Nirmala Sitharaman in Paris, Dassault says Reliance was its pick


India, All India

India picked the Rafale plane to replace its ageing fleet of Russian aircraft from a field that included Lockheed Martin F-16 and Saab’s Gripen.

Defence minister Nirmala Sitharaman arrives for the first India-France ministerial level annual Defence Dialogue in Paris. (Photo: PTI)

New Delhi/Paris: Once again attempting to clear the air on the Rs 58,000 crore Rafale fighter jet deal, Dassault Aviation has said it picked India’s Reliance Defence as a partner on its own, countering a French online media report which said the Indian government insisted on the firm as a condition of the contract.

Prime Minister Narendra Modi’s purchase of 36 Rafale has become a political controversy and on Thursday the Congress seized on the revelations by Mediapart, French investigative journal, as further evidence of wrongdoing.

The statement issued by Dassault on Thursday is its second within weeks of  a clarification on its decision to tie-up with Reliance. It coincides with defence minister Nirmala Sitharaman’s France visit to assess the progress on supply of 36 Rafale jets.

“Dassault Aviation has freely chosen to make a partnership with India’s Reliance Group,” the company said, adding that it had committed to investing 50 per cent of the contract value to benefit the local economy and for that purpose had entered into a joint venture with the private Indian firm.

The joint venture, Dassault Reliance Aerospace Ltd (DRAL), was created in February last year and the foundation stone for the plant was laid in October 2017 in Maharashtra.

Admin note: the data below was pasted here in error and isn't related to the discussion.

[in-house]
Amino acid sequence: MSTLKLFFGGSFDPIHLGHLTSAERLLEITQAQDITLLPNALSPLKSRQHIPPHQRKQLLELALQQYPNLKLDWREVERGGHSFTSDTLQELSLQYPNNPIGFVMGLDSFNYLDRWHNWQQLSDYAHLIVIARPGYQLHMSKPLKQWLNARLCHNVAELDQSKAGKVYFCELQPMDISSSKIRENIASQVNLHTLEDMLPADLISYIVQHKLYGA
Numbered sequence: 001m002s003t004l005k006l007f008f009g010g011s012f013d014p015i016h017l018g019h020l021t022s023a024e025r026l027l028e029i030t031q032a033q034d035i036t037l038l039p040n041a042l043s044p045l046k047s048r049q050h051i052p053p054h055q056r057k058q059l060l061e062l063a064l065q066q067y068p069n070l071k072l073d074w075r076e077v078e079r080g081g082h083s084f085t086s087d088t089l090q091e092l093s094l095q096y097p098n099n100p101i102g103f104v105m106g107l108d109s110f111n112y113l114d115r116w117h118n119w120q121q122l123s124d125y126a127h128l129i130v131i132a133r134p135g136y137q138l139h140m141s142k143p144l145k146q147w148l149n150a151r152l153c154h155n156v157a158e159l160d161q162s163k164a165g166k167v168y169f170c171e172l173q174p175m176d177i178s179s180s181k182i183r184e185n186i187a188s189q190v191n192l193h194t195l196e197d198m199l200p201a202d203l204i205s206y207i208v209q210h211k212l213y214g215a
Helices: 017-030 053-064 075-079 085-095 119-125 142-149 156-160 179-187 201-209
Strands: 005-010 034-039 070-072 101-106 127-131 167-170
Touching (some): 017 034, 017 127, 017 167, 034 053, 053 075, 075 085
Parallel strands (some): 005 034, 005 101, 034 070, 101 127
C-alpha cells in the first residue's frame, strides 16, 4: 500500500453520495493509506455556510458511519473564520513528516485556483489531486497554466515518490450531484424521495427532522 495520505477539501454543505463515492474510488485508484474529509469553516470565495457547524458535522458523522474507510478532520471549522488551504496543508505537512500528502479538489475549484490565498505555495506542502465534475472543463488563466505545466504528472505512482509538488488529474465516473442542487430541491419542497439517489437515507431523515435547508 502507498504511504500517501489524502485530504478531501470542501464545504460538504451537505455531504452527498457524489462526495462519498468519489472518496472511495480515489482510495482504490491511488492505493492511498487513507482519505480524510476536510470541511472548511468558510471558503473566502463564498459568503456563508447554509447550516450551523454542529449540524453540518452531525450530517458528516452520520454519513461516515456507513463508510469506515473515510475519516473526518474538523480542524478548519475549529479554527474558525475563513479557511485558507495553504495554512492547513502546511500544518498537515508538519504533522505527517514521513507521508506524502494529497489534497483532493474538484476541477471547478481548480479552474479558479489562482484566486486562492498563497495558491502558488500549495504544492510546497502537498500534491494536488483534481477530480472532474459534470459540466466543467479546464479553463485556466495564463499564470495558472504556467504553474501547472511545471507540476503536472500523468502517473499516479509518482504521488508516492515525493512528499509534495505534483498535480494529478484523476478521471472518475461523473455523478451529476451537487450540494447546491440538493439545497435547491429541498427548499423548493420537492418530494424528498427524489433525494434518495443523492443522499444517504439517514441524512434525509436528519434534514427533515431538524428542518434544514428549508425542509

In its report, Mediapart said that it had obtained a Dassault company document in which a senior executive is quoted as saying that the group agreed to work with Reliance as an “imperative and obligatory” condition for securing the fighter contract. Dassault Aviation’s deputy chief executive officer Loïk Segalen said this clearly on May 11, 2017, during a presentation of the joint venture “Dassault Reliance Aerospace” to staff representatives, it said.

The Rafale deal has faced scrutiny both on the price and the decision to choose billionaire Anil Ambani’s Reliance as a local partner with no aeronautical expertise instead of the state-run Hindustan Aeronautics which has a long history of making planes.

Under India’s defence procurement rules, any company selling equipment must invest at least 30 percent of the contract in India as part of an “offset” clause to help build a domestic manufacturing base and reduce the country’s dependence on imports.

Mediapart’s report appeared to corroborate former French President Francois Hollande’s comments on September 21 that New Delhi had put pressure on Dassault to choose Reliance as the offset. The deal was sealed when Mr Hollande was in office.

Soon after Mr Hollande’s controversial remarks, the French government had clarified that they were not involved in the choice of Indian industrial partners. The French government said that their role was just to ensure the delivery and quality of the aircraft.

“The French government is in no manner involved in the choice of Indian industrial partners who have been, are being, or will be selected by French companies,” a statement by the French government had said, echoing Dassault’s stand on the issue.

Dassault’s latest clarification said that its plan is to produce parts for Dassault’s Falcon 2000 business jets and, in a second step, components for the Rafale combat aircraft that the Indian military is buying to upgrade. The company said that it had trained an initial team of managers and workers and the first Falcon components will be delivered by the end of the year.

India picked the Rafale plane to replace its ageing fleet of Russian aircraft from a field that included Lockheed Martin F-16 and Saab’s Gripen.